In the UK, you'll pay an additional £5 a month to enable connectivity, but that's the only cost you'll have to incur aside from your regular phone bill.
Such connectivity can be used to make calls, receive messages, stream Apple Music (no, not Spotify yet), listen to podcasts or access Maps.
The call interface is basic but easy-to-use thanks to a number pad. You can, of course, call contacts or favourites, even more so if you've got a Bluetooth headset connected to the Apple Watch - such as the Apple AirPods.
A swipe up from the bottom of the screen shows you the Watch Control Center, and it's here the Watch 3 tells you what the connectivity is like - whether that's Wi-Fi, phone, or 4G.
Call quality is clear, surprisingly so given the size of the device, and if you don't have headphones then you'll find yourself holding your watch arm up to your shoulder across your chest - we certainly did.
For the most part, the technology works as you would expect. The antenna in the Watch Series 3 works well, but depends entirely on available coverage.
While the initial problems of connecting to captive Wi-Fi networks, like those found in Starbucks, have now been fixed, there are still some problems that exist with the Apple Watch.
Many of the Watch apps available still require you to have the phone connected. Streaming music via Apple Music is great, especially if you want to listen to something that you've not previously had the foresight to download onto the Watch. But being limited to Apple Music is a bit of a pain. The Spotify app works OK, but only over Wi-Fi.
The Apple Watch can't roam either, because it doesn't support global bands outside of its country. While we admit this is a first world problem and one that isn't likely to affect the majority of users, it's worth mentioning that if you travel out of the UK or US you won't be able to go solo with your watch.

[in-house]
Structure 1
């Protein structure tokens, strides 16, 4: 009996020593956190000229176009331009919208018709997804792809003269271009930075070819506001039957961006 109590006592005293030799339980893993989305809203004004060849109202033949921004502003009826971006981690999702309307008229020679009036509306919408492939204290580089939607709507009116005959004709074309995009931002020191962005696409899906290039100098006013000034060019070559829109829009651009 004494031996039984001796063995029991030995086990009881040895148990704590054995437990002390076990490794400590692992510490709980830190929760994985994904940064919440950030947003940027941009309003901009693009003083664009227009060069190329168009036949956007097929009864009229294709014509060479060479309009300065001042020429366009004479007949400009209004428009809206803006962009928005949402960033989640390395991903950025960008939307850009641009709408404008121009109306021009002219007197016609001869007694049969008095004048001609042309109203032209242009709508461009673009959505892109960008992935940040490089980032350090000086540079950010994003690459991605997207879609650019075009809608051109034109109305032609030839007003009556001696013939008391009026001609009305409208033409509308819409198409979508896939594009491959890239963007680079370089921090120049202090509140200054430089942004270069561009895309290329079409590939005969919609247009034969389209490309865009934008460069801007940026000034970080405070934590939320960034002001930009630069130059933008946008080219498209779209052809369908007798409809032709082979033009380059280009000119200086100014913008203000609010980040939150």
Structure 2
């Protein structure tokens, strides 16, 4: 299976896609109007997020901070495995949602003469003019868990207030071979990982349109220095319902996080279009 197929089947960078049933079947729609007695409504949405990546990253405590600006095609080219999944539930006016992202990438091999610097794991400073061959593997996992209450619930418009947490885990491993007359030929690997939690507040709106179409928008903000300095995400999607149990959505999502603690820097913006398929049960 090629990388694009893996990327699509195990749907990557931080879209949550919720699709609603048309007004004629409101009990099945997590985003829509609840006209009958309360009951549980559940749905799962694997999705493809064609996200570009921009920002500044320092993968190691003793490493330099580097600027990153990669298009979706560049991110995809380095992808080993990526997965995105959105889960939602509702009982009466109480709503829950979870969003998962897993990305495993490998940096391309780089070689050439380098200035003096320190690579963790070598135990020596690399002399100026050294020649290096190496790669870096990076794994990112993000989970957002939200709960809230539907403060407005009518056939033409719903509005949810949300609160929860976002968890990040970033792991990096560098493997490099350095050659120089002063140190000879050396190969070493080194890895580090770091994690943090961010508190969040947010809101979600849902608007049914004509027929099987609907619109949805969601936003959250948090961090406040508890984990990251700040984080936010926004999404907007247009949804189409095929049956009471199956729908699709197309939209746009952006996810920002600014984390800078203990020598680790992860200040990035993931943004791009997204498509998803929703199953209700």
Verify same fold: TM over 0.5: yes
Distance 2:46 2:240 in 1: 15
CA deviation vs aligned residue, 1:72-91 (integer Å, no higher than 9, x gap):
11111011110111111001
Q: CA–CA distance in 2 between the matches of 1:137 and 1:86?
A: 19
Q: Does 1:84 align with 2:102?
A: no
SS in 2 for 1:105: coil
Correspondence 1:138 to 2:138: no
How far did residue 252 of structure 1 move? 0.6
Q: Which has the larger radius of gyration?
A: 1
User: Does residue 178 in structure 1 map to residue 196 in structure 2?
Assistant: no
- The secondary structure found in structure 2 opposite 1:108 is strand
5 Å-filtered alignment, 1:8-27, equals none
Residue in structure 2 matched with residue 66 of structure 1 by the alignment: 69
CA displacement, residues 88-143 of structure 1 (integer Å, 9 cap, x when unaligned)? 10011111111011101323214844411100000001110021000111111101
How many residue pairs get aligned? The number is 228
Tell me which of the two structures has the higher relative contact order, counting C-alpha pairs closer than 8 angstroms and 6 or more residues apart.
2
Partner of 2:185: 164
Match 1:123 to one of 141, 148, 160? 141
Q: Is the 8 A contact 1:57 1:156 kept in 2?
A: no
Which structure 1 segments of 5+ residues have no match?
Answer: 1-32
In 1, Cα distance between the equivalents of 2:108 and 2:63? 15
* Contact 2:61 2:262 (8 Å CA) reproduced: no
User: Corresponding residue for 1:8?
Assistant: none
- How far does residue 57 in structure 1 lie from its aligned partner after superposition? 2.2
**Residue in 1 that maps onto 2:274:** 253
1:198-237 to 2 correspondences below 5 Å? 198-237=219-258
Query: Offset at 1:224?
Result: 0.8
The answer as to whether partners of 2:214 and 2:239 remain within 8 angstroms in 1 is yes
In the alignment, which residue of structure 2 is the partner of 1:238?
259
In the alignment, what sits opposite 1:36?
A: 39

What is cool, though, is that you don't have to have your iPhone anywhere near you for the Watch to work after the initial setup.
That opens up lots of possibilities and is super for exercise. You're still able to call a taxi when your phone has died and able to not have your phone on you all the time in fear of missing that important message or call.
Specs and battery life
- Better wireless performance than before
- Excellent Bluetooth pairing
- Happily lasts well into a second day of use
While the design didn't change over the previous generation of the Apple Watch (the now-defunct Series 2), Apple made plenty of changes inside.
Powering Apple Watch Series 3 is the S3, Apple's third-generation dual-core watch processor. The upgrade helped app launch times, enables smoother graphics and brings talking Siri to the watch using the built-in speaker. She is as clear as she is on the iPhone.